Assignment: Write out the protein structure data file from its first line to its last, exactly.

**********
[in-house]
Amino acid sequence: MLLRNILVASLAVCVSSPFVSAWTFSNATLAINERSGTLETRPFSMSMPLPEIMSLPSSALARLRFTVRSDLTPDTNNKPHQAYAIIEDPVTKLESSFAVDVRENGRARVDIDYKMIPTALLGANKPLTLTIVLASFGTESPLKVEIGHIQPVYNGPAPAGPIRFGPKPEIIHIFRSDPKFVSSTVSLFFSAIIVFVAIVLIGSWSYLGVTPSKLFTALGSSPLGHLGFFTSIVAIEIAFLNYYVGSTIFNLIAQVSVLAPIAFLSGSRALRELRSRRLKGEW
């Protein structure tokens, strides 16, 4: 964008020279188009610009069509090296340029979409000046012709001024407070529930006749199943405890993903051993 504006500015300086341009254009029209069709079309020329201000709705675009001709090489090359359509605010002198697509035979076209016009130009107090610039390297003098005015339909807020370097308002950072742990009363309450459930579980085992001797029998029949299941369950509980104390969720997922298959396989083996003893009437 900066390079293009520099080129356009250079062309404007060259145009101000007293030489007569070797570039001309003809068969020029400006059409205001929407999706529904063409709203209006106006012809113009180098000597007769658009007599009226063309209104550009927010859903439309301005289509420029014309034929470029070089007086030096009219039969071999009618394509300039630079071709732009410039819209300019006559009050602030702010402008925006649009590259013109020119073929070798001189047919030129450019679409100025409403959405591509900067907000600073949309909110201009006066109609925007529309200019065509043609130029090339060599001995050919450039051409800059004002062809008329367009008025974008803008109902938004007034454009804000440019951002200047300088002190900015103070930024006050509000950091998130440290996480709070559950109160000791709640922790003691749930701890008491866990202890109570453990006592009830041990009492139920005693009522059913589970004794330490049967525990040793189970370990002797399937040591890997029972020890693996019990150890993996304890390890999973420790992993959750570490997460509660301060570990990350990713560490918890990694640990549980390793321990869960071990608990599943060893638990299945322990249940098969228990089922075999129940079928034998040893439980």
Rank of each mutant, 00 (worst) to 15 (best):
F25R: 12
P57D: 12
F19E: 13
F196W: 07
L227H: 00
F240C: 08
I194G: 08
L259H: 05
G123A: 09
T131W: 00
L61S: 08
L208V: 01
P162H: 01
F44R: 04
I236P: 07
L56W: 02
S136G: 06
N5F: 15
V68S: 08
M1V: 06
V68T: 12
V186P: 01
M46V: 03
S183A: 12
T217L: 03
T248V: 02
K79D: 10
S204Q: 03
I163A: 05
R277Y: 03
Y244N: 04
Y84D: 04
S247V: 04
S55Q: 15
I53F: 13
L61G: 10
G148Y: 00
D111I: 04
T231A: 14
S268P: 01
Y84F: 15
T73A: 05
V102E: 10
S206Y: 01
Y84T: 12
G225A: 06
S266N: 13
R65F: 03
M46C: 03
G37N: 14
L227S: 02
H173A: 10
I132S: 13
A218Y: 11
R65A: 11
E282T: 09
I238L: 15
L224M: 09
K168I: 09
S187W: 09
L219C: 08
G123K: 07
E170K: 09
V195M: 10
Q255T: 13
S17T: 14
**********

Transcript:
[in-house]
Amino acid sequence: MLLRNILVASLAVCVSSPFVSAWTFSNATLAINERSGTLETRPFSMSMPLPEIMSLPSSALARLRFTVRSDLTPDTNNKPHQAYAIIEDPVTKLESSFAVDVRENGRARVDIDYKMIPTALLGANKPLTLTIVLASFGTESPLKVEIGHIQPVYNGPAPAGPIRFGPKPEIIHIFRSDPKFVSSTVSLFFSAIIVFVAIVLIGSWSYLGVTPSKLFTALGSSPLGHLGFFTSIVAIEIAFLNYYVGSTIFNLIAQVSVLAPIAFLSGSRALRELRSRRLKGEW
């Protein structure tokens, strides 16, 4: 964008020279188009610009069509090296340029979409000046012709001024407070529930006749199943405890993903051993 504006500015300086341009254009029209069709079309020329201000709705675009001709090489090359359509605010002198697509035979076209016009130009107090610039390297003098005015339909807020370097308002950072742990009363309450459930579980085992001797029998029949299941369950509980104390969720997922298959396989083996003893009437 900066390079293009520099080129356009250079062309404007060259145009101000007293030489007569070797570039001309003809068969020029400006059409205001929407999706529904063409709203209006106006012809113009180098000597007769658009007599009226063309209104550009927010859903439309301005289509420029014309034929470029070089007086030096009219039969071999009618394509300039630079071709732009410039819209300019006559009050602030702010402008925006649009590259013109020119073929070798001189047919030129450019679409100025409403959405591509900067907000600073949309909110201009006066109609925007529309200019065509043609130029090339060599001995050919450039051409800059004002062809008329367009008025974008803008109902938004007034454009804000440019951002200047300088002190900015103070930024006050509000950091998130440290996480709070559950109160000791709640922790003691749930701890008491866990202890109570453990006592009830041990009492139920005693009522059913589970004794330490049967525990040793189970370990002797399937040591890997029972020890693996019990150890993996304890390890999973420790992993959750570490997460509660301060570990990350990713560490918890990694640990549980390793321990869960071990608990599943060893638990299945322990249940098969228990089922075999129940079928034998040893439980």
Rank of each mutant, 00 (worst) to 15 (best):
F25R: 12
P57D: 12
F19E: 13
F196W: 07
L227H: 00
F240C: 08
I194G: 08
L259H: 05
G123A: 09
T131W: 00
L61S: 08
L208V: 01
P162H: 01
F44R: 04
I236P: 07
L56W: 02
S136G: 06
N5F: 15
V68S: 08
M1V: 06
V68T: 12
V186P: 01
M46V: 03
S183A: 12
T217L: 03
T248V: 02
K79D: 10
S204Q: 03
I163A: 05
R277Y: 03
Y244N: 04
Y84D: 04
S247V: 04
S55Q: 15
I53F: 13
L61G: 10
G148Y: 00
D111I: 04
T231A: 14
S268P: 01
Y84F: 15
T73A: 05
V102E: 10
S206Y: 01
Y84T: 12
G225A: 06
S266N: 13
R65F: 03
M46C: 03
G37N: 14
L227S: 02
H173A: 10
I132S: 13
A218Y: 11
R65A: 11
E282T: 09
I238L: 15
L224M: 09
K168I: 09
S187W: 09
L219C: 08
G123K: 07
E170K: 09
V195M: 10
Q255T: 13
S17T: 14